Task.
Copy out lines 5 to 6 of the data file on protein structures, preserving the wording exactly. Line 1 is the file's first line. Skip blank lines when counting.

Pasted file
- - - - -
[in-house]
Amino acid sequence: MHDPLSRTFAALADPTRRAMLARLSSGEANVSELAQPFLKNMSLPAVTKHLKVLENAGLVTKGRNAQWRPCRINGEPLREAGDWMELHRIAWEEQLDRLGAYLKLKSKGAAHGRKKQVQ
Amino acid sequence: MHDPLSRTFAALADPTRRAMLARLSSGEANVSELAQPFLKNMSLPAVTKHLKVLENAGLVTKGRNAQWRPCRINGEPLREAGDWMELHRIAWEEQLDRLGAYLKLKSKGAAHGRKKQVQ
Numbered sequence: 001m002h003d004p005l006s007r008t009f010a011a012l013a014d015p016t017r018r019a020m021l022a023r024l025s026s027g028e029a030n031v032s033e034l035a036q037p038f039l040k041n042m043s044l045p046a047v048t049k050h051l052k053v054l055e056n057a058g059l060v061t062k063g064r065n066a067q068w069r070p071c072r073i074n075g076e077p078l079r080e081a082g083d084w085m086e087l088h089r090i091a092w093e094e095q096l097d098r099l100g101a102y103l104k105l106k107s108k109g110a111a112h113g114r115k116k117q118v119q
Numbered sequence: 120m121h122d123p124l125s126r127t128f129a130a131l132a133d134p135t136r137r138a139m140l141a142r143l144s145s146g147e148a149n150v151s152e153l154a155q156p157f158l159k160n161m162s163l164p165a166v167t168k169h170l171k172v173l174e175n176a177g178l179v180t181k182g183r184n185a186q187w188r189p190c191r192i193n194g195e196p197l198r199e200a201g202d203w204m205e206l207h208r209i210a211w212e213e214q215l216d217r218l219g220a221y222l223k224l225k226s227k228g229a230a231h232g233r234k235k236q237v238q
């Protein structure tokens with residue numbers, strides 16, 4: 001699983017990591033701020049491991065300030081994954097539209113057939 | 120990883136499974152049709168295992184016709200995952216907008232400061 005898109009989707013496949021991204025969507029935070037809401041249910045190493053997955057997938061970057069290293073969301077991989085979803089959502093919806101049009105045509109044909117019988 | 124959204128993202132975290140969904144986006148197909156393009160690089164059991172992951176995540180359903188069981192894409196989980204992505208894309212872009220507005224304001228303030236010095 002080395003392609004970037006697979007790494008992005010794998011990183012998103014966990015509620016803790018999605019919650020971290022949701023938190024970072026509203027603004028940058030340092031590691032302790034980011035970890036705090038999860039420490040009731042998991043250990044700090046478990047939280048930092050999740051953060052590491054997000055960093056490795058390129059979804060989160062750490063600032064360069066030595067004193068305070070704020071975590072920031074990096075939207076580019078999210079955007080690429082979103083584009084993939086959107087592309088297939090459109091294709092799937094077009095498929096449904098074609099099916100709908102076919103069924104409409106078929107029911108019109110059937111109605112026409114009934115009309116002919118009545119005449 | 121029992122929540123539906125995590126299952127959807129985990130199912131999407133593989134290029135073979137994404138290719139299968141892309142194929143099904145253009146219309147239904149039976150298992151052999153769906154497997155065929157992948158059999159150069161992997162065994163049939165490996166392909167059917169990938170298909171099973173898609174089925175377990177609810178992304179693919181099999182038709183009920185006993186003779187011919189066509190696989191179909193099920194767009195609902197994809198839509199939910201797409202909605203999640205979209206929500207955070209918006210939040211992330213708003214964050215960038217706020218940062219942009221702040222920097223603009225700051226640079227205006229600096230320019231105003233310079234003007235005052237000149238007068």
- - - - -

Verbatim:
Numbered sequence: 120m121h122d123p124l125s126r127t128f129a130a131l132a133d134p135t136r137r138a139m140l141a142r143l144s145s146g147e148a149n150v151s152e153l154a155q156p157f158l159k160n161m162s163l164p165a166v167t168k169h170l171k172v173l174e175n176a177g178l179v180t181k182g183r184n185a186q187w188r189p190c191r192i193n194g195e196p197l198r199e200a201g202d203w204m205e206l207h208r209i210a211w212e213e214q215l216d217r218l219g220a221y222l223k224l225k226s227k228g229a230a231h232g233r234k235k236q237v238q
């Protein structure tokens with residue numbers, strides 16, 4: 001699983017990591033701020049491991065300030081994954097539209113057939 | 120990883136499974152049709168295992184016709200995952216907008232400061 005898109009989707013496949021991204025969507029935070037809401041249910045190493053997955057997938061970057069290293073969301077991989085979803089959502093919806101049009105045509109044909117019988 | 124959204128993202132975290140969904144986006148197909156393009160690089164059991172992951176995540180359903188069981192894409196989980204992505208894309212872009220507005224304001228303030236010095 002080395003392609004970037006697979007790494008992005010794998011990183012998103014966990015509620016803790018999605019919650020971290022949701023938190024970072026509203027603004028940058030340092031590691032302790034980011035970890036705090038999860039420490040009731042998991043250990044700090046478990047939280048930092050999740051953060052590491054997000055960093056490795058390129059979804060989160062750490063600032064360069066030595067004193068305070070704020071975590072920031074990096075939207076580019078999210079955007080690429082979103083584009084993939086959107087592309088297939090459109091294709092799937094077009095498929096449904098074609099099916100709908102076919103069924104409409106078929107029911108019109110059937111109605112026409114009934115009309116002919118009545119005449 | 121029992122929540123539906125995590126299952127959807129985990130199912131999407133593989134290029135073979137994404138290719139299968141892309142194929143099904145253009146219309147239904149039976150298992151052999153769906154497997155065929157992948158059999159150069161992997162065994163049939165490996166392909167059917169990938170298909171099973173898609174089925175377990177609810178992304179693919181099999182038709183009920185006993186003779187011919189066509190696989191179909193099920194767009195609902197994809198839509199939910201797409202909605203999640205979209206929500207955070209918006210939040211992330213708003214964050215960038217706020218940062219942009221702040222920097223603009225700051226640079227205006229600096230320019231105003233310079234003007235005052237000149238007068």